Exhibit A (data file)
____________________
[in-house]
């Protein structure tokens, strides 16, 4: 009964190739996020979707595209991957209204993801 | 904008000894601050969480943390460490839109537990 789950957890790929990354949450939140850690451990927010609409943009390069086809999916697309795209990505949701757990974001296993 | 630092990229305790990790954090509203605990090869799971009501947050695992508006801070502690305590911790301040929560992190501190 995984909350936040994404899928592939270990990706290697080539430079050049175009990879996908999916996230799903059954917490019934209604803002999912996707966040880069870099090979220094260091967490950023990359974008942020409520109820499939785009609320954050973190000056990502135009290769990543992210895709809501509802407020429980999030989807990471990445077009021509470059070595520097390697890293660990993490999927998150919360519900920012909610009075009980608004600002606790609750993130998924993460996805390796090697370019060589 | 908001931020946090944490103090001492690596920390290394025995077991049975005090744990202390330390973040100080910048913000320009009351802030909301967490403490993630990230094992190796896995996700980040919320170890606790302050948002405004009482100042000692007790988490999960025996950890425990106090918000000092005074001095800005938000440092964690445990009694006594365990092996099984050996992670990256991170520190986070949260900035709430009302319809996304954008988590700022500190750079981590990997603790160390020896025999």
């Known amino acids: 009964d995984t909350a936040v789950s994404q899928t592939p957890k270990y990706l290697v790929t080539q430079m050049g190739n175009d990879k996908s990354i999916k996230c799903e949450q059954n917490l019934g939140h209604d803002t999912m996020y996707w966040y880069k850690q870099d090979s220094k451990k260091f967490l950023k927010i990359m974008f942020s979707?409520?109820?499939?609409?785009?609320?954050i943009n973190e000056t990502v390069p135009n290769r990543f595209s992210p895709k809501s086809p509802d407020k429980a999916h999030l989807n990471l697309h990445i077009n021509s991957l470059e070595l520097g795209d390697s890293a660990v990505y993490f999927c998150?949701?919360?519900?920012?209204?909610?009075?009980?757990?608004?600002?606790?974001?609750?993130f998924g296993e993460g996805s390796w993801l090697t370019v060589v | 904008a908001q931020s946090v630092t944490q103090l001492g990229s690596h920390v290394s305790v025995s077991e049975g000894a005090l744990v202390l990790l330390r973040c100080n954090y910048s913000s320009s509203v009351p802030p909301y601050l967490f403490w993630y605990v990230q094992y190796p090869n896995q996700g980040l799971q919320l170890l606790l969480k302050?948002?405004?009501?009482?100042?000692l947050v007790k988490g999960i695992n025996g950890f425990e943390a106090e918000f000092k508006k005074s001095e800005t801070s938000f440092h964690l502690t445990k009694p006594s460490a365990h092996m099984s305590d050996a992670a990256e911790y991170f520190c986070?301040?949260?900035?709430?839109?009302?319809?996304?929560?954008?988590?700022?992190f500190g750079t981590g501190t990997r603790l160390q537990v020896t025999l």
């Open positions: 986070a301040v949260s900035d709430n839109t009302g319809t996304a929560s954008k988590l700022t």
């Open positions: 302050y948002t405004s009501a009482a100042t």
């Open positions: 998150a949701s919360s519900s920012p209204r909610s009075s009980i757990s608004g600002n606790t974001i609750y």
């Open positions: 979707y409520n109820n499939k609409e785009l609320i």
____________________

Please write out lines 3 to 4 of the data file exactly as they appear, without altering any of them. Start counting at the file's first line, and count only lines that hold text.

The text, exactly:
């Known amino acids: 009964d995984t909350a936040v789950s994404q899928t592939p957890k270990y990706l290697v790929t080539q430079m050049g190739n175009d990879k996908s990354i999916k996230c799903e949450q059954n917490l019934g939140h209604d803002t999912m996020y996707w966040y880069k850690q870099d090979s220094k451990k260091f967490l950023k927010i990359m974008f942020s979707?409520?109820?499939?609409?785009?609320?954050i943009n973190e000056t990502v390069p135009n290769r990543f595209s992210p895709k809501s086809p509802d407020k429980a999916h999030l989807n990471l697309h990445i077009n021509s991957l470059e070595l520097g795209d390697s890293a660990v990505y993490f999927c998150?949701?919360?519900?920012?209204?909610?009075?009980?757990?608004?600002?606790?974001?609750?993130f998924g296993e993460g996805s390796w993801l090697t370019v060589v | 904008a908001q931020s946090v630092t944490q103090l001492g990229s690596h920390v290394s305790v025995s077991e049975g000894a005090l744990v202390l990790l330390r973040c100080n954090y910048s913000s320009s509203v009351p802030p909301y601050l967490f403490w993630y605990v990230q094992y190796p090869n896995q996700g980040l799971q919320l170890l606790l969480k302050?948002?405004?009501?009482?100042?000692l947050v007790k988490g999960i695992n025996g950890f425990e943390a106090e918000f000092k508006k005074s001095e800005t801070s938000f440092h964690l502690t445990k009694p006594s460490a365990h092996m099984s305590d050996a992670a990256e911790y991170f520190c986070?301040?949260?900035?709430?839109?009302?319809?996304?929560?954008?988590?700022?992190f500190g750079t981590g501190t990997r603790l160390q537990v020896t025999l």
């Open positions: 986070a301040v949260s900035d709430n839109t009302g319809t996304a929560s954008k988590l700022t």